As America begins to emerge from a worldwide pandemic and hopefully emerges from political turmoil, the world finds itself with many nation states fighting rebellions or revolutions (Kashmir, Myanmar, Iraq, Afghanistan, the Maghreb, Yemen, Palestine, Tigray, Somalia, Sudan, the Catatumbo campaign in South America, and the list goes on and on) as well as this life-snatching pandemic. How open, how free do we want our minds to become where we daily live out, and not just read, “love your neighbor as yourself”?
On Ascension Day, as they prepared to head for Bethany, Jesus asked his disciples to wait in Jerusalem until they were clothed with power from on high. This Pentecostal power is the same power we receive at our Baptisms, Confirmations, and Ordinations. The etymology of the word power is found in the Greek word du-na-mis from which we derive the word dynamite. As one who worked with dynamite in quarries and mines, I can attest to its potential and power. It is frightening at times to think that this is the power received by those in Jerusalem on Pentecost and that same spirit and potential power is within us.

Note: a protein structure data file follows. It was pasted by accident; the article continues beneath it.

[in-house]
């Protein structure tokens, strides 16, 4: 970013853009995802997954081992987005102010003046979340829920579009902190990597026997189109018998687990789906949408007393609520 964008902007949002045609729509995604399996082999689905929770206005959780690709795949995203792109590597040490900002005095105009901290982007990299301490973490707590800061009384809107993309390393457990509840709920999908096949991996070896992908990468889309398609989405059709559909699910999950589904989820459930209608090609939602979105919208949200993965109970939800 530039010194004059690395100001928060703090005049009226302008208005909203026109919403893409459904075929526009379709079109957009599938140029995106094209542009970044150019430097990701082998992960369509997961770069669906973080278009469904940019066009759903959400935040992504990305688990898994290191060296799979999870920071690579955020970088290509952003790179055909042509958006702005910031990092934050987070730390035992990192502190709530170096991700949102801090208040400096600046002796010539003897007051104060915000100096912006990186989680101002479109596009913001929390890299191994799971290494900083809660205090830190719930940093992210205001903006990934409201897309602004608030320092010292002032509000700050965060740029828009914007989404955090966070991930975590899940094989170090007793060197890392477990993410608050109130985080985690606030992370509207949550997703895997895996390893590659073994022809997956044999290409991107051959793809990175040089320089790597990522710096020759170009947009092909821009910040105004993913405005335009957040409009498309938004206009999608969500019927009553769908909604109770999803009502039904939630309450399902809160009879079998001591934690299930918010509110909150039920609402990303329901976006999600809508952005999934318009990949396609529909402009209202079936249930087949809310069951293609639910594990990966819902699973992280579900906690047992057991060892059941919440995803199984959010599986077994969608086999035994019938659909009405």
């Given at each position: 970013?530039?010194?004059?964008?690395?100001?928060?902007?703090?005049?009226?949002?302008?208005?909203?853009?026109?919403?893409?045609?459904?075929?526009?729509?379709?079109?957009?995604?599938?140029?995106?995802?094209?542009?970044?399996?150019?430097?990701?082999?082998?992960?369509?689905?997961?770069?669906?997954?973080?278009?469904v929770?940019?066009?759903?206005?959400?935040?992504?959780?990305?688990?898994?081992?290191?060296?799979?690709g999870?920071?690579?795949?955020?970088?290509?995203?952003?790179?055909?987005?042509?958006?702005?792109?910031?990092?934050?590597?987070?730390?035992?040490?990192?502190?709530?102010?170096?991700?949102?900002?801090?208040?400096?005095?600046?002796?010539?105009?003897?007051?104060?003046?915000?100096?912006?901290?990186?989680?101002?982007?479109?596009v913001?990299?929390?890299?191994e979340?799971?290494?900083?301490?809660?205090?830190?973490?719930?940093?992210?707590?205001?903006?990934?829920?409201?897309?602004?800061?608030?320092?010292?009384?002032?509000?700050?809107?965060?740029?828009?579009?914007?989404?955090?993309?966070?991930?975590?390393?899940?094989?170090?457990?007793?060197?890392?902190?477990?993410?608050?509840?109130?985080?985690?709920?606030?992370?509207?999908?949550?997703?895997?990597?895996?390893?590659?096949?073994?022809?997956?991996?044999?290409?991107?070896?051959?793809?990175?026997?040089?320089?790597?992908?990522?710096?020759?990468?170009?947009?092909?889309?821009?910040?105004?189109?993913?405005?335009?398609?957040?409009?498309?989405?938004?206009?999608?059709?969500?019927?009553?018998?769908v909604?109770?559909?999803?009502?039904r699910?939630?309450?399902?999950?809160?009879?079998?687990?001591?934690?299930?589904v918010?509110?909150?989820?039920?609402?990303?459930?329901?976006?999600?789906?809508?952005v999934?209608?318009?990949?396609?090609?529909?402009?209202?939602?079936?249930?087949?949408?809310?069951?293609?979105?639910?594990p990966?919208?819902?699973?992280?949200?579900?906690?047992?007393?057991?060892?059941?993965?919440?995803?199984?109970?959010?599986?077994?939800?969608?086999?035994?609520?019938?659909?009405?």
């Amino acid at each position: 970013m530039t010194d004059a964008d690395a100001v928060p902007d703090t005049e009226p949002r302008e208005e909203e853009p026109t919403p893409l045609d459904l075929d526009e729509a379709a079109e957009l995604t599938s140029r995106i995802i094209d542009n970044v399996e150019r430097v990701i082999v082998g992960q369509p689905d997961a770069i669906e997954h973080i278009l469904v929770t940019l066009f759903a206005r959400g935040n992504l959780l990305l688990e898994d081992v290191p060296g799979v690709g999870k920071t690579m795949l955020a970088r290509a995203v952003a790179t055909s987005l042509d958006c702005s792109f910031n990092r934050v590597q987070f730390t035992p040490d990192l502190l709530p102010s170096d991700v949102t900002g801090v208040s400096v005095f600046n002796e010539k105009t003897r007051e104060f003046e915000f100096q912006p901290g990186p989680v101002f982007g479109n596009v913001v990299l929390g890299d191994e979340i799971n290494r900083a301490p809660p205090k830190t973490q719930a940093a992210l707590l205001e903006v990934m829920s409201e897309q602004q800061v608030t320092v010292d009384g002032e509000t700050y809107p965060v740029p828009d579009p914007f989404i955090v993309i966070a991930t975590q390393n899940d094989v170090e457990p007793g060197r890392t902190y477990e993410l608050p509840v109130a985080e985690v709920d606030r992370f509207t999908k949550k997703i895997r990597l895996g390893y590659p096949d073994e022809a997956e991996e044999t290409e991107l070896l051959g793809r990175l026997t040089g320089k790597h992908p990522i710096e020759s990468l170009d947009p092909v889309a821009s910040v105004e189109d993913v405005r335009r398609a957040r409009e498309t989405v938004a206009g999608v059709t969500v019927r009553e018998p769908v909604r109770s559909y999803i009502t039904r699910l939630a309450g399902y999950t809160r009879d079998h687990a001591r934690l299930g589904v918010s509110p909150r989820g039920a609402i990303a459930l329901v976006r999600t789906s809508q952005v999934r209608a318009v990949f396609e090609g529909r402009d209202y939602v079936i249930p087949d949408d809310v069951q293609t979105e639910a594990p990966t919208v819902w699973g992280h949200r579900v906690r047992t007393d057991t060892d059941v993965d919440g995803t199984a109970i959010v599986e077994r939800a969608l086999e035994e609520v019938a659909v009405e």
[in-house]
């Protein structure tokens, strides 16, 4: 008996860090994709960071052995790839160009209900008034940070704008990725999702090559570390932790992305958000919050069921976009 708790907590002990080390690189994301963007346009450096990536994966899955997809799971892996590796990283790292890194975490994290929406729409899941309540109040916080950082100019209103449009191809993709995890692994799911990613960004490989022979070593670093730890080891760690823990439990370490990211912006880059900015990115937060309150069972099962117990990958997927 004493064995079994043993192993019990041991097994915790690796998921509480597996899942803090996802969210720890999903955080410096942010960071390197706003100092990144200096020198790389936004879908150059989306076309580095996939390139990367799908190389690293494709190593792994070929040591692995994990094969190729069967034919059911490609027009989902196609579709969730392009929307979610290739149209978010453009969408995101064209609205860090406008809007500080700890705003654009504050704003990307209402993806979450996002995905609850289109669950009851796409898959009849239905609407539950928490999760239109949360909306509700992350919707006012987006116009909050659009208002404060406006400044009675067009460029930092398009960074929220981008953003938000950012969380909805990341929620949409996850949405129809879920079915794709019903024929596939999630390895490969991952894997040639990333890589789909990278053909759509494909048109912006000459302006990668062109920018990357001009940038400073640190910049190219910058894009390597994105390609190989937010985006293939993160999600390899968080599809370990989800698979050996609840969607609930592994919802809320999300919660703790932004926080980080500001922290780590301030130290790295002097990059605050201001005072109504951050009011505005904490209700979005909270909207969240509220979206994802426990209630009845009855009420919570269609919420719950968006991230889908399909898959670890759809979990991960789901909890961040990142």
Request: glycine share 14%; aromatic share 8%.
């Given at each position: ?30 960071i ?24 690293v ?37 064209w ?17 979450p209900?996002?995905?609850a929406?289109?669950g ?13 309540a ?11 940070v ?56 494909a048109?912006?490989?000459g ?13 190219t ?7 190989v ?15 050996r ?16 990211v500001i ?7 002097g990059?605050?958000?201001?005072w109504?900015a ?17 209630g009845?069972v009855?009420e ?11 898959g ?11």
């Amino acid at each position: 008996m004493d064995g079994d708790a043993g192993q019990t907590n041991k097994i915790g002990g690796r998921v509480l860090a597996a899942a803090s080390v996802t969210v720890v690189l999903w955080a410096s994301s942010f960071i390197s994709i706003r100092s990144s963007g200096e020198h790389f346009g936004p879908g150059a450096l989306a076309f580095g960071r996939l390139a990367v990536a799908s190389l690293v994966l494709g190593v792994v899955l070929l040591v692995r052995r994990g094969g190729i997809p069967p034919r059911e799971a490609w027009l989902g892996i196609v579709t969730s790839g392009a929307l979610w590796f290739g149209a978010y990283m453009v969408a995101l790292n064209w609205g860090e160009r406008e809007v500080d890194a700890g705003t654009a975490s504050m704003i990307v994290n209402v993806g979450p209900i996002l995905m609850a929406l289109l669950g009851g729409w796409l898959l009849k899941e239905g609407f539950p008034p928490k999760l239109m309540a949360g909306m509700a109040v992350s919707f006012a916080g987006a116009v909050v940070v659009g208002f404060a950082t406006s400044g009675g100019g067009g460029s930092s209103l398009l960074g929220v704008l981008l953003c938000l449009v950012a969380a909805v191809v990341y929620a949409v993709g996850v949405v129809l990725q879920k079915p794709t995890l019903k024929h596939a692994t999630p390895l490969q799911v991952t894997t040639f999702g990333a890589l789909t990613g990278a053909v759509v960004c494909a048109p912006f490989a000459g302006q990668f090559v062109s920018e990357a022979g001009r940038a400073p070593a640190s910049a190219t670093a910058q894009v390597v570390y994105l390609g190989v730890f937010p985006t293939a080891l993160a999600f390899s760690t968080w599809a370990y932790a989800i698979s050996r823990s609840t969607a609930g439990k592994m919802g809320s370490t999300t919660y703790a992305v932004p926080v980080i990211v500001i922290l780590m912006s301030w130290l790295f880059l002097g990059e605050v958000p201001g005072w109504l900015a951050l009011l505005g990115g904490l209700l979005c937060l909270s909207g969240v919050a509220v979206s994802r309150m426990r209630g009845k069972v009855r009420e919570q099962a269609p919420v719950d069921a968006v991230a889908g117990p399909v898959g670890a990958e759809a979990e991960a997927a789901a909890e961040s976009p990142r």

When Bishop Russell Kendrick visits Trinity, Apalachicola on Pentecost, be prepared to reanimate the potential power of the Holy within you. I invite us all to prepare for Pentecost throughout this Ascensiontide (the next ten days), by receiving the Sacraments and by reading the Scriptures which may allow Christ to open our, hearts, minds, and bodies to their God and Spirit given potential.
See you in church on the 23rd and remember to wear red clothing
and/or hats that day, when we will have only ONE service at 10 o’clock.
Wishing you a blessed Ascensiontide,
PS: As Eid al Fitr began last night, I take this opportunity to say “Eid Mubarak” to our Muslim brothers and sisters.